House sales activity in the West Midlands showed clear signs of improvement at the start of the year, according to new figures from the RICS.
The institution yesterday said the number of chartered surveyors reporting a fall in prices dropped from 49 per cent in November to just 17 per cent last month.
However, only two per cent reported an increase in prices during December, down on the previous month's figure of six per cent.
Richard Franklin, RICS spokesperson and head of residential development at property firm Savills, said: "After an unseasonably busy December, the market had a stronger start in early January and has continued to move forward with pace.
"As the year unfolds we may see a significant increase in the number of properties coming on to the market ahead of the introduction of Home Inspection Packs in 2007.
"Vendors who have been deliberating about selling up may wish to stick with a system they know and get their home on to the market this year."
He added: "It is hoped that 2006 will bring a first to the West Midlands with the sale of the first £1 million apartment.
"As the city living market continues to mature and prosper, recent developments in Birmingham, such as Beetham Tower, may see the second city achieve this significant goal.
"The recent turnaround by Gordon Brown on SIPPs will of course have an impact on the residential market, but upcoming legislation on REITs may help to soften the blow and help reassure developers and investors.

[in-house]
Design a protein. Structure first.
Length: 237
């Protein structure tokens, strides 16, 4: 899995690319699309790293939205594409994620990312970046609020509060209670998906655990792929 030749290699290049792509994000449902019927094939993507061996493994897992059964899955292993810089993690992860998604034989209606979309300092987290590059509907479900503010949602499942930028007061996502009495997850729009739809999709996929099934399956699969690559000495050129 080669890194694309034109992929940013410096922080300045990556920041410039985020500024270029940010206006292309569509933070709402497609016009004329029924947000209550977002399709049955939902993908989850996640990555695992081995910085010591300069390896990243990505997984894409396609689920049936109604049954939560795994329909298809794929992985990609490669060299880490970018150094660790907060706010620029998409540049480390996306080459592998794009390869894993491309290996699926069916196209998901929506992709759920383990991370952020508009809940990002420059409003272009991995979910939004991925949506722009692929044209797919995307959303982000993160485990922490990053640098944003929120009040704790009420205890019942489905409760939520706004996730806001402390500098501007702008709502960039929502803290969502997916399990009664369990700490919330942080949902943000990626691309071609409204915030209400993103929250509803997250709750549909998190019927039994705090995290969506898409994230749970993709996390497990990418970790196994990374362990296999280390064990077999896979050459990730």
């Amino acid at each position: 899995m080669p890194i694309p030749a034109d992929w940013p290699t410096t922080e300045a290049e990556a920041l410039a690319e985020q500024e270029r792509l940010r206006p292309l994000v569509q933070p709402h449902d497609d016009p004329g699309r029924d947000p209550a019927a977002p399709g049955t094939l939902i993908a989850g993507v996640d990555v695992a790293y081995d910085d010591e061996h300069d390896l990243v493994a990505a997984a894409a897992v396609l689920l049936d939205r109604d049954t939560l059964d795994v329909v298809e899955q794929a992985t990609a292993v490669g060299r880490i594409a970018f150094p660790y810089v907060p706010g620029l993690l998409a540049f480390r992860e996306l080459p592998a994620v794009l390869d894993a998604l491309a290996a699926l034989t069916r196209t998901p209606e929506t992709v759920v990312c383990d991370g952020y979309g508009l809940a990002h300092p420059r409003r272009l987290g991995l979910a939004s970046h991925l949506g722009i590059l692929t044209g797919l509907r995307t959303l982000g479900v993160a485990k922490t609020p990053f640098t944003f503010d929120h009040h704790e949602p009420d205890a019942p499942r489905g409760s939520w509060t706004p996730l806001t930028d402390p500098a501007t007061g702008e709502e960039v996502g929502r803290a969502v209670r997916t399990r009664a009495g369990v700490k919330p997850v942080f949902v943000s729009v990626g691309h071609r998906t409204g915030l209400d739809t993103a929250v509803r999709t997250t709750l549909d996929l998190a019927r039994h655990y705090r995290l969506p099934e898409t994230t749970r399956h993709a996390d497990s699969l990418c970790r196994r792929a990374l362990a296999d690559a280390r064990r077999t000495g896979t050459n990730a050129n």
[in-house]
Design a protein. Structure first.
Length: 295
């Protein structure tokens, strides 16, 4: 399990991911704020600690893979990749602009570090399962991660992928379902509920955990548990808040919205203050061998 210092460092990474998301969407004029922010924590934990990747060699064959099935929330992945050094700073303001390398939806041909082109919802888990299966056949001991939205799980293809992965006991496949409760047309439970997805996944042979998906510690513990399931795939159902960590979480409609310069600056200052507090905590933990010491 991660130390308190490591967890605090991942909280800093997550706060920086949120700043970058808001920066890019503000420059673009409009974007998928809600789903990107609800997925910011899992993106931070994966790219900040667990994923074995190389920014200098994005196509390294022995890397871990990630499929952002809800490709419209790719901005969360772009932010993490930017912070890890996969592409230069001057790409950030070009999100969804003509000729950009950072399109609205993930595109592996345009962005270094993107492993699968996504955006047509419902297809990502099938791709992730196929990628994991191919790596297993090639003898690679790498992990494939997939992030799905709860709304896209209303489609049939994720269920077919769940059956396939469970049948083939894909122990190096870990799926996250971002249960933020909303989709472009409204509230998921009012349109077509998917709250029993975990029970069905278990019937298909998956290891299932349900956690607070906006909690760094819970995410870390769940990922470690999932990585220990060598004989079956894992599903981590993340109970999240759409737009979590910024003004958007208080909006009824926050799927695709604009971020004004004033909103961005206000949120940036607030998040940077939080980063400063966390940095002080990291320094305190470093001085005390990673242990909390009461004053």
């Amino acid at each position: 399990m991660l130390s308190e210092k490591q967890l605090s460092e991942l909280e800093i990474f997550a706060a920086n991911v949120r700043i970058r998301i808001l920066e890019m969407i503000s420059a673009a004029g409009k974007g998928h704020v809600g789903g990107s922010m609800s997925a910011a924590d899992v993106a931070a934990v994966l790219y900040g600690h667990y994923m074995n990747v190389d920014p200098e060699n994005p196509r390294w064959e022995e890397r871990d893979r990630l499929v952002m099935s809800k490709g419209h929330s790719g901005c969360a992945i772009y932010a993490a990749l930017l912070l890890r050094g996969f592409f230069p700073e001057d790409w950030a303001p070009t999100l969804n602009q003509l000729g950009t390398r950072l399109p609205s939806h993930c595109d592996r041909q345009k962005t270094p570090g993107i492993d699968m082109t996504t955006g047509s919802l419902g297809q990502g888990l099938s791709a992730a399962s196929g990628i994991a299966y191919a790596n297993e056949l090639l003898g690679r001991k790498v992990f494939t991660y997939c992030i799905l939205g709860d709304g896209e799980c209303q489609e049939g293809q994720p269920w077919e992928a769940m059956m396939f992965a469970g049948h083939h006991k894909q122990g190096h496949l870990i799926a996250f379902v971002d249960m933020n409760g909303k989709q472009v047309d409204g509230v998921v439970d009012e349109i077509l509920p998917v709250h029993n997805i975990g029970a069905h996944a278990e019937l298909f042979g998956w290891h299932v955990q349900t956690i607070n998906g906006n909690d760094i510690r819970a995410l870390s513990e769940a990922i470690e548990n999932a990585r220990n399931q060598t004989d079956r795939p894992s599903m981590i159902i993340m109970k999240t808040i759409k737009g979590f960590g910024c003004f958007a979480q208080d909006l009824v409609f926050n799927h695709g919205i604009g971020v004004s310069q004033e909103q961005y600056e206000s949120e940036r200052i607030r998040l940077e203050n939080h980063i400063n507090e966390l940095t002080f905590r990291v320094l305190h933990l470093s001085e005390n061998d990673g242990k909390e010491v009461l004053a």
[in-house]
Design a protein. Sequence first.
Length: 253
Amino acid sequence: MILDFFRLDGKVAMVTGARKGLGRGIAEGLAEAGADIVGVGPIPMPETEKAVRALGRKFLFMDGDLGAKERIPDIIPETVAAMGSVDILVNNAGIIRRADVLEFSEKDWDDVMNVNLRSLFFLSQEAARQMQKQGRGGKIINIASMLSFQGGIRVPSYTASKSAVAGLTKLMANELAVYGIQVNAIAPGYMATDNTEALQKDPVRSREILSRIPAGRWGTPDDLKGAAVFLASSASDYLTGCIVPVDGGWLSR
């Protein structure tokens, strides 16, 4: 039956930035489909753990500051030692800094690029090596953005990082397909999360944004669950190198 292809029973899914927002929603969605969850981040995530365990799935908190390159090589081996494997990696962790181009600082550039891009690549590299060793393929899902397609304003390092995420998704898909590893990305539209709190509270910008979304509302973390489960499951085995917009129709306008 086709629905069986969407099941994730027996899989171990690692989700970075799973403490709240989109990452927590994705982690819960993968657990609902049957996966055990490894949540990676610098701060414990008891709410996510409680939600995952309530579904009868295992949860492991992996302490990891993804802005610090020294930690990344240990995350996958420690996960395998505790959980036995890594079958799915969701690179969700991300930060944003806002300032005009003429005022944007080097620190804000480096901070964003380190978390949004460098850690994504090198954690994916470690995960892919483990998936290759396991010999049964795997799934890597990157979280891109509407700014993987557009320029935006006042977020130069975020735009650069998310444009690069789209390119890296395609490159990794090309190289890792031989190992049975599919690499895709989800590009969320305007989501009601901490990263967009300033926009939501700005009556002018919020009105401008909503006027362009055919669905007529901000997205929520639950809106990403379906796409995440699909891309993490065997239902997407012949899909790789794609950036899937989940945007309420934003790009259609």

"Other factors affecting the market in 2006 will be the possible drop in interest rates, bringing renewed spark to the market in the spring, and the continuing merger of the UK's house building industry will alter the dynamic of the new homes market throughout 2006."
Meanwhile, Bank of England governor Mervyn King yesterday described developments in the housing market as satisfactory, with activity picking up while property prices remain broadly stable.
"It's clearly the case that house prices are not rising at the rate that they were in the first half of 2004 and that's a good thing," he said.
"At present, activity in the housing market is picking up and house prices are broadly stable and that's a very satisfactory position. Let's hope we can keep it roughly there.
"If we can keep this broad stability of the economy that we've experienced now for over ten years then there shouldn't be very sharp or sudden changes in the finances of homeowners or indeed anyone else from year to year."
Mr King also said his visits to regional firms gave the impression economic growth was picking up, while prices remained contained.